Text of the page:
The final report of the Leitch review of the UK’s long term skills needs called for 95% of British adults to have basic numeracy and literacy by 2020.
The Government commissioned Sandy Leitch in 2004 to undertake an independent review of the UK’s long term skills needs. The Review published its interim report “Skills in the UK: the long term challenge” in December 2005. It committed the Review, in its final report, to identify the UK’s optimal skills mix for 2020 to maximise economic growth, productivity and social justice, set out the balance of responsibility for achieving that skills profile and consider the policy framework required to support it.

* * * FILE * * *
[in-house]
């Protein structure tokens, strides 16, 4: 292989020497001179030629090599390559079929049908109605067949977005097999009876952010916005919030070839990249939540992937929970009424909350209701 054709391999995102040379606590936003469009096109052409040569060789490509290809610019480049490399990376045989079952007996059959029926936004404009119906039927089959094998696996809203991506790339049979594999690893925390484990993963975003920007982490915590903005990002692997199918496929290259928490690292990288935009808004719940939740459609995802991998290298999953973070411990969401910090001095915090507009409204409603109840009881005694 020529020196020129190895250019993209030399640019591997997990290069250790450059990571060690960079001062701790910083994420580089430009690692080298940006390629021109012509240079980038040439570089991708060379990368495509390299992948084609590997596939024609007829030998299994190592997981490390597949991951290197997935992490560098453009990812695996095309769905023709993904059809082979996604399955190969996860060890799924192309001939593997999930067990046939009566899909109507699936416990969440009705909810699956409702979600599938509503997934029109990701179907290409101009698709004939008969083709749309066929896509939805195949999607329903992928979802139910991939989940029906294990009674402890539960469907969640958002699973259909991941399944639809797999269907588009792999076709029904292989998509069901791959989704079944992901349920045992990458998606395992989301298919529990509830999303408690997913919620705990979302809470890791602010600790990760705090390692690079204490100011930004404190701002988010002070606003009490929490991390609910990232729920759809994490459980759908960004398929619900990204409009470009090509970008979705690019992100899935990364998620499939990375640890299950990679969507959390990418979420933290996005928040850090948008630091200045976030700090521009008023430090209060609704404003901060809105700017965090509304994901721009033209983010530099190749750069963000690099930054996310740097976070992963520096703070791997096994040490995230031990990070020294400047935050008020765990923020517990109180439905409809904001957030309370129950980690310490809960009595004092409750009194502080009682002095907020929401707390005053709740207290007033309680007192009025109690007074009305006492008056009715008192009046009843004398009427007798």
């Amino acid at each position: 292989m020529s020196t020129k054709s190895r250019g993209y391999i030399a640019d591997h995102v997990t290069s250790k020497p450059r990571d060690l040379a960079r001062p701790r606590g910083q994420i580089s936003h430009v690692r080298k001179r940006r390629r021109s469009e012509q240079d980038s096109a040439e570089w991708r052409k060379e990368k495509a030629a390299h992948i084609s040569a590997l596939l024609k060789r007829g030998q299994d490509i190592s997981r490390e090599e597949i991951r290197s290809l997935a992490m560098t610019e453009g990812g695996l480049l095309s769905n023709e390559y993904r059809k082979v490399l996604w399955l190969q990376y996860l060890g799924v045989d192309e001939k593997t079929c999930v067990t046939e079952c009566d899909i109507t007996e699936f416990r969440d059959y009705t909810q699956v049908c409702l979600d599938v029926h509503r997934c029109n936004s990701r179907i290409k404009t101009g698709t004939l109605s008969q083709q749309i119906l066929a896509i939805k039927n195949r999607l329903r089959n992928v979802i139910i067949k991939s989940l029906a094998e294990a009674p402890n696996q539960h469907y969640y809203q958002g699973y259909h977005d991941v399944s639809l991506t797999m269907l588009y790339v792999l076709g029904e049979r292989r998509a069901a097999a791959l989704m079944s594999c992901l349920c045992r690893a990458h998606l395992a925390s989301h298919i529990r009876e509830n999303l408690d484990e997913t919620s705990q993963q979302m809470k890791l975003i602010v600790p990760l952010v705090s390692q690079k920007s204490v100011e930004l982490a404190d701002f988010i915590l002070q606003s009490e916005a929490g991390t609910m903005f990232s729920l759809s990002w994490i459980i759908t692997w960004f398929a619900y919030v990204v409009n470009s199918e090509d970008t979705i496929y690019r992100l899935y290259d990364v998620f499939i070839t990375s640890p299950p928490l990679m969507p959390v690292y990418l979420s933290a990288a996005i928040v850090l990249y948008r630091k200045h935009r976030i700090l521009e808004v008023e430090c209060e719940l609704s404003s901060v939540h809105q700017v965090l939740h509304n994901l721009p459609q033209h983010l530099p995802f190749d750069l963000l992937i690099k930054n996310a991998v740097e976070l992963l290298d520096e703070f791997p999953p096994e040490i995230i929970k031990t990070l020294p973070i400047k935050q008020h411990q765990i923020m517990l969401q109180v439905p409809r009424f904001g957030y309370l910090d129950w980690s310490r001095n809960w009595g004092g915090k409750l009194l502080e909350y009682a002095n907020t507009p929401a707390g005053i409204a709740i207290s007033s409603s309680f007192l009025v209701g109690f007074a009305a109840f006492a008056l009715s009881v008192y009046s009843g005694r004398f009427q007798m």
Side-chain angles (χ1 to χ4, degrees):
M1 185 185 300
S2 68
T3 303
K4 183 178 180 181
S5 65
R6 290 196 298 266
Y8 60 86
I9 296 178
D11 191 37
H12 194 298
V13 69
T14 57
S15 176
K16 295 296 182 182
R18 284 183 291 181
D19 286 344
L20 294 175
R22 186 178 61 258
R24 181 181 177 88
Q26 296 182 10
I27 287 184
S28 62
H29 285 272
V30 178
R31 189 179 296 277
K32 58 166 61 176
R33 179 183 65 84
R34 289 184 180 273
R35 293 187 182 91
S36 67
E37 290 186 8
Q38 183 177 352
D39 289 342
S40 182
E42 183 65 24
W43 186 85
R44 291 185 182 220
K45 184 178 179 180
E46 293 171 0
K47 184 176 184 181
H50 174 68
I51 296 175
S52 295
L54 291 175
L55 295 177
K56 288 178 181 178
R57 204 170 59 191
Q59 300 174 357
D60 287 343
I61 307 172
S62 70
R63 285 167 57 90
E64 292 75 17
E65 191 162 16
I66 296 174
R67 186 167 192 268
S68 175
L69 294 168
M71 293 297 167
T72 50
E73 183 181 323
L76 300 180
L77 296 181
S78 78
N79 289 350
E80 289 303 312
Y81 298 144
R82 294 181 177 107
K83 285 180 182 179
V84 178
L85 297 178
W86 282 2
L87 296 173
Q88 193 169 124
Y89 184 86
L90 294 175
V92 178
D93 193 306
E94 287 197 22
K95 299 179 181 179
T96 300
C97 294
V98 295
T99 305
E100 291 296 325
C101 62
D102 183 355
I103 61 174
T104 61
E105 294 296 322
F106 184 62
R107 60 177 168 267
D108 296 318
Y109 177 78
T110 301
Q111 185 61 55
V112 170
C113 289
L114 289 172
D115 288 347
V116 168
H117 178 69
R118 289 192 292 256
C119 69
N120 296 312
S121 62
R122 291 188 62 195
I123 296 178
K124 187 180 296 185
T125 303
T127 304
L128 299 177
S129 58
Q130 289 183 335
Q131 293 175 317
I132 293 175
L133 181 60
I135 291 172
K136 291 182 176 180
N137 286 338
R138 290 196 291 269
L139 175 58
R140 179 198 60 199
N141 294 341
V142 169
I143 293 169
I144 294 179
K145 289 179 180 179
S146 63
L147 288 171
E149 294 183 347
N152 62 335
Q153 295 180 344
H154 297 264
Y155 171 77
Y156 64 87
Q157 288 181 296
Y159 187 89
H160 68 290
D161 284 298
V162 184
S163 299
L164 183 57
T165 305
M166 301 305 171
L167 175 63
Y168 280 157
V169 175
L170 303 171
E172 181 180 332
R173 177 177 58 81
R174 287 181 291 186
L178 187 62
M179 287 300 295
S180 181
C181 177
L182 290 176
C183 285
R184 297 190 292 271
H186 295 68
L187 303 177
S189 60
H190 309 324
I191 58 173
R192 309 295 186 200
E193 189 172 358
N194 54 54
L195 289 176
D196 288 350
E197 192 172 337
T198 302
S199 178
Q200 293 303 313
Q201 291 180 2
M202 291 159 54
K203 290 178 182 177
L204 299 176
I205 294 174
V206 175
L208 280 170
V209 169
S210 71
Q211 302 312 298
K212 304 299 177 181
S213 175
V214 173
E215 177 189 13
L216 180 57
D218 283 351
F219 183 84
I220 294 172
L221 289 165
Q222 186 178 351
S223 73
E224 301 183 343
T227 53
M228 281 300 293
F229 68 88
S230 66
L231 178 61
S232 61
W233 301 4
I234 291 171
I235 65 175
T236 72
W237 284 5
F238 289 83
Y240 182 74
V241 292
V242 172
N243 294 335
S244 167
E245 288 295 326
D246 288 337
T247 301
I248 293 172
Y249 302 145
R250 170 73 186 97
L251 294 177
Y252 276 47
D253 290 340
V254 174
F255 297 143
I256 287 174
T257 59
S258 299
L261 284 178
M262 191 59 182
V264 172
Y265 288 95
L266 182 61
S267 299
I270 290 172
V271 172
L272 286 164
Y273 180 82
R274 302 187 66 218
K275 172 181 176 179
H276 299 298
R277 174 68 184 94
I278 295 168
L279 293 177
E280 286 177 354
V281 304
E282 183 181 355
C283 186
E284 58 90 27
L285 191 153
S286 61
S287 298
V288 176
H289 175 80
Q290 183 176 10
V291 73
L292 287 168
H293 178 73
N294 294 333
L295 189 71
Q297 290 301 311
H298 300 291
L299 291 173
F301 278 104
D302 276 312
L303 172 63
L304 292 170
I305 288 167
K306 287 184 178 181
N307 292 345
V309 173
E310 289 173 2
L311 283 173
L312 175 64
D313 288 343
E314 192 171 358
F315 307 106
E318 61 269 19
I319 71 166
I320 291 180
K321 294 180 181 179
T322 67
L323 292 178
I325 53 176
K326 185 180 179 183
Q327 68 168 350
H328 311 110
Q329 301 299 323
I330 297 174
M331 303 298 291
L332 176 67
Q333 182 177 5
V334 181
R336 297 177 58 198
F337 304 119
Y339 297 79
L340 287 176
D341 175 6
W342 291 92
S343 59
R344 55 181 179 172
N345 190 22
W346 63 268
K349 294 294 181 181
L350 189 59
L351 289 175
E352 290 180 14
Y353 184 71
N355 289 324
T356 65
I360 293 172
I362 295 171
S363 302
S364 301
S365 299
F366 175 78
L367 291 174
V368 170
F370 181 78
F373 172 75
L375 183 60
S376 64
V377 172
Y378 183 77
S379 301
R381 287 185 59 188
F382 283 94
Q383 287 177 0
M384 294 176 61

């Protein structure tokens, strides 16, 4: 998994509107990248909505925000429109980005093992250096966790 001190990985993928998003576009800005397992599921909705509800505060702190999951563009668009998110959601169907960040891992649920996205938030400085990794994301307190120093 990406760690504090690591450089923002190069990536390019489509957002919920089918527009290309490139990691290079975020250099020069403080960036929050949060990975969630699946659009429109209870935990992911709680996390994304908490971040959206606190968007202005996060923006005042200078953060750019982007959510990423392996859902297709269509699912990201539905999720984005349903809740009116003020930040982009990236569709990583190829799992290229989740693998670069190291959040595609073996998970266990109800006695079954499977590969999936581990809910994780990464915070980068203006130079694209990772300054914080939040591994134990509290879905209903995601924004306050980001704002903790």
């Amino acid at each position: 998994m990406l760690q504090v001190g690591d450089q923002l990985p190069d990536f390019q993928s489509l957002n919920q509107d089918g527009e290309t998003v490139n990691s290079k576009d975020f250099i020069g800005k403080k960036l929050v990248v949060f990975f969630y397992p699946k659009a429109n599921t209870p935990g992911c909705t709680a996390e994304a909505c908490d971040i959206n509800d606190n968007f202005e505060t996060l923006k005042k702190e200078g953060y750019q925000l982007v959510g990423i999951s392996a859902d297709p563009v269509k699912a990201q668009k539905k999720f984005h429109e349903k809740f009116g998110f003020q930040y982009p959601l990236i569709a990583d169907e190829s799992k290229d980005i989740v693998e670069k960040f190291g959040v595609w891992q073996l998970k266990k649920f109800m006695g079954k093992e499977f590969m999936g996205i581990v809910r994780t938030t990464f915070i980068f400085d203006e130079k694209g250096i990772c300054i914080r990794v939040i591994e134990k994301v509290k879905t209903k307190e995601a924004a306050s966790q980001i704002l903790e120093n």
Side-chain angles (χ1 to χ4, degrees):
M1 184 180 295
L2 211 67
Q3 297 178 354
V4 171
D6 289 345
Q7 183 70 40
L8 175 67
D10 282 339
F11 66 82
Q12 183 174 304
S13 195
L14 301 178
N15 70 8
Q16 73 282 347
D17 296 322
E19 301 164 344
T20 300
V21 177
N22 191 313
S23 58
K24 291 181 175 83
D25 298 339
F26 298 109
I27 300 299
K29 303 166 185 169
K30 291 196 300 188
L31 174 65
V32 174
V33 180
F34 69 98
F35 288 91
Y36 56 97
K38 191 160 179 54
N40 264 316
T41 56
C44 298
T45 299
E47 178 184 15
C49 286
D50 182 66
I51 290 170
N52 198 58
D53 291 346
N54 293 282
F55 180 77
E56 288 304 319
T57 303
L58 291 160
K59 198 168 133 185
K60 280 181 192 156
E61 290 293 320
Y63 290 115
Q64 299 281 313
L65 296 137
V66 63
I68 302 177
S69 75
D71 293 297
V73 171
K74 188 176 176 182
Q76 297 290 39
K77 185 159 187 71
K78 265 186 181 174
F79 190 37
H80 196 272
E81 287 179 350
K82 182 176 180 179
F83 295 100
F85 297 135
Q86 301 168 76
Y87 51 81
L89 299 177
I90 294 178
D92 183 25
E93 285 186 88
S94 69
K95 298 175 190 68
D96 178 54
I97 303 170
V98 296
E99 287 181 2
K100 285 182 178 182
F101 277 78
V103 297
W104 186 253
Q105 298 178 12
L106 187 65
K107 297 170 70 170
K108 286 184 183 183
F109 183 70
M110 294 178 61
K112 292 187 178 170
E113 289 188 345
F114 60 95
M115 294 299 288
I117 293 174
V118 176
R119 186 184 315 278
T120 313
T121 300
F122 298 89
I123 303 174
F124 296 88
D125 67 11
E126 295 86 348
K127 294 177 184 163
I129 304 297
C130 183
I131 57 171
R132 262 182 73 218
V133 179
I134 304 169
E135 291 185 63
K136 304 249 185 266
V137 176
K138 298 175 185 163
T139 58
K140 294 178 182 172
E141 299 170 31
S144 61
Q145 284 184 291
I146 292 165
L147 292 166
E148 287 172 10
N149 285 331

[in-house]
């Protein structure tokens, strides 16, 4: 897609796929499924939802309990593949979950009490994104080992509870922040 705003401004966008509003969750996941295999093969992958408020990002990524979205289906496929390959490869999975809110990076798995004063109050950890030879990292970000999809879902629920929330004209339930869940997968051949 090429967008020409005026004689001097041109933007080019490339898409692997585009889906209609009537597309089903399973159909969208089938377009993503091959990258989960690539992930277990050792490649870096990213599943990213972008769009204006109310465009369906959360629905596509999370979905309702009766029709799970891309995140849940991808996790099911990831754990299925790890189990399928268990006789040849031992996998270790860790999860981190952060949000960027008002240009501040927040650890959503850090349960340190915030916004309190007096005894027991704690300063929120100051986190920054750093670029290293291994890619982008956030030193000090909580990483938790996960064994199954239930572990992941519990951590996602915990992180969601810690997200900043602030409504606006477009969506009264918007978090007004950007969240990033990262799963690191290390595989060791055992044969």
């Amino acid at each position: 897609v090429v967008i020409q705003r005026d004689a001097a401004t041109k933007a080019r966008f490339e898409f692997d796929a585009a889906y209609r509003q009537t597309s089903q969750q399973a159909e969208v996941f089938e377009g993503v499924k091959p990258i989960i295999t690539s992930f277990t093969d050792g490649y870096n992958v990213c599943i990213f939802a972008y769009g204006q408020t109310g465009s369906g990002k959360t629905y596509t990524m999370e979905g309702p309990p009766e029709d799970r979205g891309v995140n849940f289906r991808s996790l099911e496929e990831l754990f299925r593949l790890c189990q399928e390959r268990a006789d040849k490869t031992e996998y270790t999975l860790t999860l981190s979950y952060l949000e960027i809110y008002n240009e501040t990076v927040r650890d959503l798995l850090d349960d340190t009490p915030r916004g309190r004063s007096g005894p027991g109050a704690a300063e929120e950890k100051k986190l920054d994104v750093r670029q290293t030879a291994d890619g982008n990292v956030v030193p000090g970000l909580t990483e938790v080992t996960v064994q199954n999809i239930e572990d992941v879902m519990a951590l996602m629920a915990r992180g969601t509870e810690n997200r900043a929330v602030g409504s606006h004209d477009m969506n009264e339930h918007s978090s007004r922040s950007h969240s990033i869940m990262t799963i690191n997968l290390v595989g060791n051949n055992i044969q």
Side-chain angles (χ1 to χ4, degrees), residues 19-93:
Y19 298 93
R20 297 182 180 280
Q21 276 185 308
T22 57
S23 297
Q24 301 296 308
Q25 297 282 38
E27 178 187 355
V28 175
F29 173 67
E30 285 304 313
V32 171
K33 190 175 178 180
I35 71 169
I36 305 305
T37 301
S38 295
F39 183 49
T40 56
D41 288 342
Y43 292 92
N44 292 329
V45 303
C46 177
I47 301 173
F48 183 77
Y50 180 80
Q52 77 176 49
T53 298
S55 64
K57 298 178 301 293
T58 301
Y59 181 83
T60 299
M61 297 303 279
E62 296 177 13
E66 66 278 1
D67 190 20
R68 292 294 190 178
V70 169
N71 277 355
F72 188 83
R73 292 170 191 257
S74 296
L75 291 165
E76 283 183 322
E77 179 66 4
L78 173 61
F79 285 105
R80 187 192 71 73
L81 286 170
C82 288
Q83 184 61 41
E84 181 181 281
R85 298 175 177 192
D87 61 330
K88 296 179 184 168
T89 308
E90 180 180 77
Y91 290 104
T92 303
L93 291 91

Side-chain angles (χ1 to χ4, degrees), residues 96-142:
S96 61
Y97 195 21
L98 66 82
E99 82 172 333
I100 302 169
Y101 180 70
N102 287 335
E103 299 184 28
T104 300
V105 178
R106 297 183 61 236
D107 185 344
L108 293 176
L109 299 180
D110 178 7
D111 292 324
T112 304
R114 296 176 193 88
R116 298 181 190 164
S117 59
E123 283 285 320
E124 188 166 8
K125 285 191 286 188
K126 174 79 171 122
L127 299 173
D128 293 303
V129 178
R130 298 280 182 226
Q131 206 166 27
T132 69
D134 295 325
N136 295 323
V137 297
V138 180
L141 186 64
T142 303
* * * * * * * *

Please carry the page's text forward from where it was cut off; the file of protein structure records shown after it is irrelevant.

The final report of the Leitch Review of Skills, ‘Prosperity for all in the global economy – world class skills’, was published on 5th December 2006.
In the report, Lord Leitch recommends making full or part-time education or training compulsory up until the age of 18.
He wanted 95% of British adults to have basic numeracy and literacy by 2020.
Employers should have more say over training and a new careers service should be created in England, he added.
The report urged ministers to commit to a “compelling new vision” and to become a world leader in skills by 2020.
By this date Lord Leitch wanted to see:
- 95% of adults gain basic skills in literacy and numeracy, with the government primarily responsible for funding
- More than 90% of adults with GCSEs or vocational equivalents with funding shared between the government and employers
- Apprenticeships boosted to 500,000 a year
- More than 40% of adults with degrees or higher level qualifications, mostly funded by employers or individuals
To read the report in full, click here